Andreas Bergh is associate professor in Economics at Lund university and fellow at the Research Institute of Industrial Economics in Stockholm.

His research concerns the welfare state, institutions, development, globalization, trust and social norms.

He has published in journals such as European Economic Review, World Development, European Sociological Review and Public Choice. He is the author of 'Sweden and the revival of the capitalist welfare state" (Edward Elgar, 2014).

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En recension av ännu en Paul Collier-bok. Den är kritisk, men jag är inte övertygad.

Paul Collier tells us that if we are to feed everyone without wrecking the rest of the world, then we must steer between the "romantics" and the "ostriches". The romantics (he includes Prince Charles) advocate a lifestyle that is "organic, holistic, self-sufficient, local, and small-scale", while the "ostriches" feel that "if there is to be a scramble for natural resources the important thing is to win it". He goes on, like Odysseus, to plot an appropriate course between the two – and very plausible and scholarly it sounds.

Från Foreign Policy: De 20 minst fria länderna på jorden. Börjar med Nordkorea och jobbar sig uppåt.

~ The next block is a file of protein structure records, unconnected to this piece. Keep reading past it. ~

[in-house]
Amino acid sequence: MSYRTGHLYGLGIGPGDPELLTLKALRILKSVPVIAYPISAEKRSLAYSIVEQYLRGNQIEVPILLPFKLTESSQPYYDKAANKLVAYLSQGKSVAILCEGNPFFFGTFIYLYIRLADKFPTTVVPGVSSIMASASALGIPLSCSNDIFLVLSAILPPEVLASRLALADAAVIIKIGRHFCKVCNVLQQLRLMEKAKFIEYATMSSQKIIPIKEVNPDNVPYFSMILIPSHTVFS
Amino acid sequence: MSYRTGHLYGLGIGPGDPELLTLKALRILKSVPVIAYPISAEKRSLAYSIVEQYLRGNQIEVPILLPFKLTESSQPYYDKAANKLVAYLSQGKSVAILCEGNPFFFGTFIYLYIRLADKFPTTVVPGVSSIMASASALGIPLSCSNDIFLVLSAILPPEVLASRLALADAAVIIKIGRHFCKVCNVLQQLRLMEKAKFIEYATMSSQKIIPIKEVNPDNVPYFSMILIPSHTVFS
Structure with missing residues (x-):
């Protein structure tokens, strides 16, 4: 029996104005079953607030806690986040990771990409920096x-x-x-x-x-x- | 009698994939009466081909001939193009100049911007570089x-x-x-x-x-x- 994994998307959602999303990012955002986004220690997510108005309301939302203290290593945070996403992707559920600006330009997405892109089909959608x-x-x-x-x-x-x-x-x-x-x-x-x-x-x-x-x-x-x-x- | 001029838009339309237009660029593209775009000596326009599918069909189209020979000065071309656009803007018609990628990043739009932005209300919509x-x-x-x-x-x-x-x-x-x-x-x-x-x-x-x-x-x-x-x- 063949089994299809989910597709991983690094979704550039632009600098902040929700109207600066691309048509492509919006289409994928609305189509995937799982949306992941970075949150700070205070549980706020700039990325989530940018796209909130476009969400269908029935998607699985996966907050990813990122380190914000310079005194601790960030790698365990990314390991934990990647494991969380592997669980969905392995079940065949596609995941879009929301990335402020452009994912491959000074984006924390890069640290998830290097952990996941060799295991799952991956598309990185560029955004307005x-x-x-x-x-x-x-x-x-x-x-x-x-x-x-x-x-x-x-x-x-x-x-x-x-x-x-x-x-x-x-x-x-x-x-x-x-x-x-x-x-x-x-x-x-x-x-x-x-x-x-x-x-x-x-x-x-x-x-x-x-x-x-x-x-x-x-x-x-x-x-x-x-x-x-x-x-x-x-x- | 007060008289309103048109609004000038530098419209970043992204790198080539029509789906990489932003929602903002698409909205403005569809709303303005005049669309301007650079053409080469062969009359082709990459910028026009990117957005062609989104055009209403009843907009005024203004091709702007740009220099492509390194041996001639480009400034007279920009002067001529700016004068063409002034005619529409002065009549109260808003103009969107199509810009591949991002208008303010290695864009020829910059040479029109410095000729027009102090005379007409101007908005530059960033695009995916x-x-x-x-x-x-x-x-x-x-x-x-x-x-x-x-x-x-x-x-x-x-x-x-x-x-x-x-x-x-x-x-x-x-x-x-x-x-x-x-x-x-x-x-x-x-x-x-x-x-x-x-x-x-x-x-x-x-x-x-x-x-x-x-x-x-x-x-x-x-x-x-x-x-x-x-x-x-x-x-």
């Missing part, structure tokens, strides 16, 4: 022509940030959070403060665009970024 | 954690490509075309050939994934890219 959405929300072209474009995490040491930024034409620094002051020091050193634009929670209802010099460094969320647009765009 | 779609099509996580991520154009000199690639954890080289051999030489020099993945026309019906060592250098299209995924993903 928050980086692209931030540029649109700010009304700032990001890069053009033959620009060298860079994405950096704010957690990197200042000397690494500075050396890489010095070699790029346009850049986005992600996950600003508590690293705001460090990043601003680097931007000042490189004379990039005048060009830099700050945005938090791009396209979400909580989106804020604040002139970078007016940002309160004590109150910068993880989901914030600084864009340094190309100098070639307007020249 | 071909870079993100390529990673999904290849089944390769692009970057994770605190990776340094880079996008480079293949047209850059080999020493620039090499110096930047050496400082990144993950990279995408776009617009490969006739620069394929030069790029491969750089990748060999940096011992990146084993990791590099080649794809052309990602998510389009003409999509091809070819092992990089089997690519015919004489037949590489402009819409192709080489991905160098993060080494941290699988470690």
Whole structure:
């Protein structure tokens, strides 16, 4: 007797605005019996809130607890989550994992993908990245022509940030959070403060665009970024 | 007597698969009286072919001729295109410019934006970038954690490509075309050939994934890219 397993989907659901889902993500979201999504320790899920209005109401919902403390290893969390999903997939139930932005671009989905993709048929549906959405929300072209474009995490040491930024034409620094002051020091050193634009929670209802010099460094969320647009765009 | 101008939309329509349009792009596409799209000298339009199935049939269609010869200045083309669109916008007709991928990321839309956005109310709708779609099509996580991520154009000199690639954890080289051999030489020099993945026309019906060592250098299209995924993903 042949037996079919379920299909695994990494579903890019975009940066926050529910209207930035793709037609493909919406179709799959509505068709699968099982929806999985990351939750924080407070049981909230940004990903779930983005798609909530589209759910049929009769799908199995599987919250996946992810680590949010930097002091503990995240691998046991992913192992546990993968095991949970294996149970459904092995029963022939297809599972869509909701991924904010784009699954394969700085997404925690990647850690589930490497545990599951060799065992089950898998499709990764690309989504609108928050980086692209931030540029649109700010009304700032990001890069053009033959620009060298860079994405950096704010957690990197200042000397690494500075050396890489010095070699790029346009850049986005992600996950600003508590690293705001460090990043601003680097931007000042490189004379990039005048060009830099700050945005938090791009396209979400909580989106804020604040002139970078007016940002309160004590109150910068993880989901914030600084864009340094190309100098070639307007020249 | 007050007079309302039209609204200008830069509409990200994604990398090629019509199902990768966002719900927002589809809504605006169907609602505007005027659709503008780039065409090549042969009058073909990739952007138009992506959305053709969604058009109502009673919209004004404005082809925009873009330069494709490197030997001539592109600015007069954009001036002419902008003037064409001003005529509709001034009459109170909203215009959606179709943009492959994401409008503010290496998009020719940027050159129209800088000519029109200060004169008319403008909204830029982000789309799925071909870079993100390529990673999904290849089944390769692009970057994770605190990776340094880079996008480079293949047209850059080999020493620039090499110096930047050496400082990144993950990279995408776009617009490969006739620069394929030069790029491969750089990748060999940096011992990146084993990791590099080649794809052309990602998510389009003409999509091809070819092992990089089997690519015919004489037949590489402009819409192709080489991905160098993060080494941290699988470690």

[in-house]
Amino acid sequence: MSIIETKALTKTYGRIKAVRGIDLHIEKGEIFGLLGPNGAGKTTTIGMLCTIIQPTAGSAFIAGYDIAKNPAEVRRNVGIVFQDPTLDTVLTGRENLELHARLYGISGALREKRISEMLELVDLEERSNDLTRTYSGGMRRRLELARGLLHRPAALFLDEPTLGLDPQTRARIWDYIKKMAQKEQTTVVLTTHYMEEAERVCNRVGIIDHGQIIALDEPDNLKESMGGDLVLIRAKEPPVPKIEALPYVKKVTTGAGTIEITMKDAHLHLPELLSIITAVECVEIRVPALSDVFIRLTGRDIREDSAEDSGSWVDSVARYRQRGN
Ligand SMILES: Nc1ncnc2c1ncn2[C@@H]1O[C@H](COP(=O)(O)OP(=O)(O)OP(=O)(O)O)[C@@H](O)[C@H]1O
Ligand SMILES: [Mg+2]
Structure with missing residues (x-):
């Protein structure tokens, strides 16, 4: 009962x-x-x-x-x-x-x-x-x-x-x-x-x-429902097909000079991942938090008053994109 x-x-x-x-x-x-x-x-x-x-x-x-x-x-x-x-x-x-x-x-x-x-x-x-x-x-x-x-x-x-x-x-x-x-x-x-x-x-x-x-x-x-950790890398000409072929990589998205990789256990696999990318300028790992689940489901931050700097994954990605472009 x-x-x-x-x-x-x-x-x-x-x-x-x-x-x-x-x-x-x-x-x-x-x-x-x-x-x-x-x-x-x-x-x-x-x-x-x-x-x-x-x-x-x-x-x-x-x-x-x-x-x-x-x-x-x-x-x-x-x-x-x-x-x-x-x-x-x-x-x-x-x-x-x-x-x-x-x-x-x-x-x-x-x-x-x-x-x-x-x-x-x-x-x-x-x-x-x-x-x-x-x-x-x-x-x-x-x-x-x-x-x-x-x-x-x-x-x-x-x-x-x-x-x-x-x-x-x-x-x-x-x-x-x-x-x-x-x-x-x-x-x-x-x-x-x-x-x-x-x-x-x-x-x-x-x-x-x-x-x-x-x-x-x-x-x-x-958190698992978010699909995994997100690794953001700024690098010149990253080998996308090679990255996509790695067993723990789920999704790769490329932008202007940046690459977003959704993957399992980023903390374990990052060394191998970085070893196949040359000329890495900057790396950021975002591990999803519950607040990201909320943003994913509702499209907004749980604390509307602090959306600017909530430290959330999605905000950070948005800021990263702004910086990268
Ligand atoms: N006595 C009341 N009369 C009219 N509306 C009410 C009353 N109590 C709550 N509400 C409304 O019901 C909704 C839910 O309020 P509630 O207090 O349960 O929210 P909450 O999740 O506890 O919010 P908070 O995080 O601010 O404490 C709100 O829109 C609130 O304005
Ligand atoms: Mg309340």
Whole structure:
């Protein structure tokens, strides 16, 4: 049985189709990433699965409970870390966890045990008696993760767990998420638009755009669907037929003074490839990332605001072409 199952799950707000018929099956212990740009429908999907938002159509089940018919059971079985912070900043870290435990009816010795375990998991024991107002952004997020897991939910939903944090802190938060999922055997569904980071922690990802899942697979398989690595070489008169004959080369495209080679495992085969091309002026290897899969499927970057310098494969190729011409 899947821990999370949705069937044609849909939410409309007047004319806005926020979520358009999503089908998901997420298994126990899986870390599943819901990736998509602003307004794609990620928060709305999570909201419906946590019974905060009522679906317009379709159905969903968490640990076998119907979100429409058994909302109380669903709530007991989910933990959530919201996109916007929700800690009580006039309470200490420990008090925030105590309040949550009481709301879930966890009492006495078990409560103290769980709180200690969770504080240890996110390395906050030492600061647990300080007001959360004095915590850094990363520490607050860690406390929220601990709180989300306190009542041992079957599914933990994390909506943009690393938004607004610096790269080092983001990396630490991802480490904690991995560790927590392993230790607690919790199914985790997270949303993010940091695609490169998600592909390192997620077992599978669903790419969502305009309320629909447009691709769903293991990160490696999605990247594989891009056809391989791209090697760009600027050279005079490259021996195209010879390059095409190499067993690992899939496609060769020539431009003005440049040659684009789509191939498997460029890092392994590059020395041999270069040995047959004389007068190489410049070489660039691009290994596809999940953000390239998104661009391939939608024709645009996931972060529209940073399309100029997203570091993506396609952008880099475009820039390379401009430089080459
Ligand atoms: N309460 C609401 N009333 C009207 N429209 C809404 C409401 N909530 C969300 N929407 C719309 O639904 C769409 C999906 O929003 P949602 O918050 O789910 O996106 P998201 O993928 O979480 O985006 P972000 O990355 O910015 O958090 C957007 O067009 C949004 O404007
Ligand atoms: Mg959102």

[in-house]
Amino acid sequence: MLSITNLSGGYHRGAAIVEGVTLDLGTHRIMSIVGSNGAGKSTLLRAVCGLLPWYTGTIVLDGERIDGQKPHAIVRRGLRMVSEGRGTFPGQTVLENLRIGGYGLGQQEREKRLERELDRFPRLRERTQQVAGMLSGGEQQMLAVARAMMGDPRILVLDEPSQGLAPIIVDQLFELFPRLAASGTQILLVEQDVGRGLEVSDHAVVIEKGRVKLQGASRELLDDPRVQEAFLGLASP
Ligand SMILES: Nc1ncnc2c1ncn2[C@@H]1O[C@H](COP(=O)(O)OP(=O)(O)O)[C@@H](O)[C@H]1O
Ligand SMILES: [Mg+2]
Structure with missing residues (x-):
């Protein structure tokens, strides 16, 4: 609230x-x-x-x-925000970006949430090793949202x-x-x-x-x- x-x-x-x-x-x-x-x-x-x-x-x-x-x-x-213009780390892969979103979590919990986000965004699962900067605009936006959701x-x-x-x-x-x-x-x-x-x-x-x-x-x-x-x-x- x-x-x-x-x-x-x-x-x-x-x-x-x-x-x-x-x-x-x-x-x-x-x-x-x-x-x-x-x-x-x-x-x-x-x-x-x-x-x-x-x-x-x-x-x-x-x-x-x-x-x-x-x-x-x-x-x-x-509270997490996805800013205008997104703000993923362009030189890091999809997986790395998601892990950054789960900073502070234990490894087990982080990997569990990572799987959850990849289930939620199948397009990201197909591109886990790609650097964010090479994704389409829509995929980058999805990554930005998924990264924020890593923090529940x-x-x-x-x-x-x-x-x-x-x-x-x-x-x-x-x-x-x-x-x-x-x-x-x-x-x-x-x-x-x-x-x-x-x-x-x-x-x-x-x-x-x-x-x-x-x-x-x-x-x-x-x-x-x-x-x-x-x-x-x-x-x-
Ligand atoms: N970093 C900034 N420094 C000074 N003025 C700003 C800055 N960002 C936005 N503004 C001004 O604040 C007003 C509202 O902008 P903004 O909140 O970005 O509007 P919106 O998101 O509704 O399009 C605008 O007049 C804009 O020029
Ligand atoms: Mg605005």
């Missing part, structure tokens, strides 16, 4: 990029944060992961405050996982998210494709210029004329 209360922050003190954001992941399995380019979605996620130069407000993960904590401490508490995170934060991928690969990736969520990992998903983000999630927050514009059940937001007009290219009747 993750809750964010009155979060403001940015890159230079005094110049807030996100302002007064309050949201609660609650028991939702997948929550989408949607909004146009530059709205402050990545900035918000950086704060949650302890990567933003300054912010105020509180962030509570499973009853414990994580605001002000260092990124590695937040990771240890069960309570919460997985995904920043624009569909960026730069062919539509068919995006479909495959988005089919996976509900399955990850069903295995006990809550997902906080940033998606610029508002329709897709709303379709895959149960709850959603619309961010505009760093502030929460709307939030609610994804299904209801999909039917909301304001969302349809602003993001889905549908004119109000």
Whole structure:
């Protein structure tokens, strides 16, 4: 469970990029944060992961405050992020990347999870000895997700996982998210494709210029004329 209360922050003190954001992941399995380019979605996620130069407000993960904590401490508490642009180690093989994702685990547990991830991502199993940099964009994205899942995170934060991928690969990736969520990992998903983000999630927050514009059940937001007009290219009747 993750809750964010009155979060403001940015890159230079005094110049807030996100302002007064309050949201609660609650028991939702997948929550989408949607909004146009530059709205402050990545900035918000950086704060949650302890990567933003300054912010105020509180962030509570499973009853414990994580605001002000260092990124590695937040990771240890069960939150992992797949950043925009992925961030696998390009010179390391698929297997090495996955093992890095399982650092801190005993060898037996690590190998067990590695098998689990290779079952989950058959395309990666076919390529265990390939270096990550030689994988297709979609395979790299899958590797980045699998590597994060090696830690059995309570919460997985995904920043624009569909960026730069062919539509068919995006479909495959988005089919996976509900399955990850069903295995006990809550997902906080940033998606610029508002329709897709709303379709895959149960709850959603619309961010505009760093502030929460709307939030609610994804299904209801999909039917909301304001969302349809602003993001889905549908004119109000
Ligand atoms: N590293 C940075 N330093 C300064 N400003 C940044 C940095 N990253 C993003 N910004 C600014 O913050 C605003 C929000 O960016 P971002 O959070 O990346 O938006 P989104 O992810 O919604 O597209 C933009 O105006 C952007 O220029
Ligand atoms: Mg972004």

Slutligen, i Financial Times skriver Martin Wolf under rubriken Why it is right for central banks to keep printing (kräver kostnadsfri registrering). Han diskuterar där tesen om Expansionary Fiscal Contractions:

Why might a sharp structural fiscal tightening promote recovery? [...] smaller prospective deficits may improve confidence among consumers and investors, thereby raising consumption and lowering risk-premia in interest rates. [...] on the supply side, fiscal tightening may increase supply of labour, capital or entrepreneurship. 

Wolf hänvisar till ett papper av Alesina och Ardagna som finner stöd för tesen. (Den drevs även av en viss välfärdsforskare i ekonomiklubben, almedalen nyligen...)

Men Wolf tror inte att det funkar om flera länder gör det samtidigt. Istället vill han trycka pengar:

[...] if governments need to run deficits, to support demand at a time of private sector weakness, they can always borrow from central banks. Yes, this is “printing money”. It is also an insanely radical policy recommended by no less insane a radical than Milton Friedman, back in 1948. His view was that the government could expand the money supply during recessions and contract it in the subsequent booms 

Den intressanta Friedman-referensen har jag inte hunnit kolla upp. Jag tror Wolf har en bra poäng i att expansionary fiscal contractions kan vara svårare när många länder gör det samtidigt, men jag är inte säker. Och argumentet skulle väl kunna gälla penningpolitiska stimulanser också? (Mer diskussion om penningpolitiken borde vara mer eller mindre expansiv på Wolfs blog).

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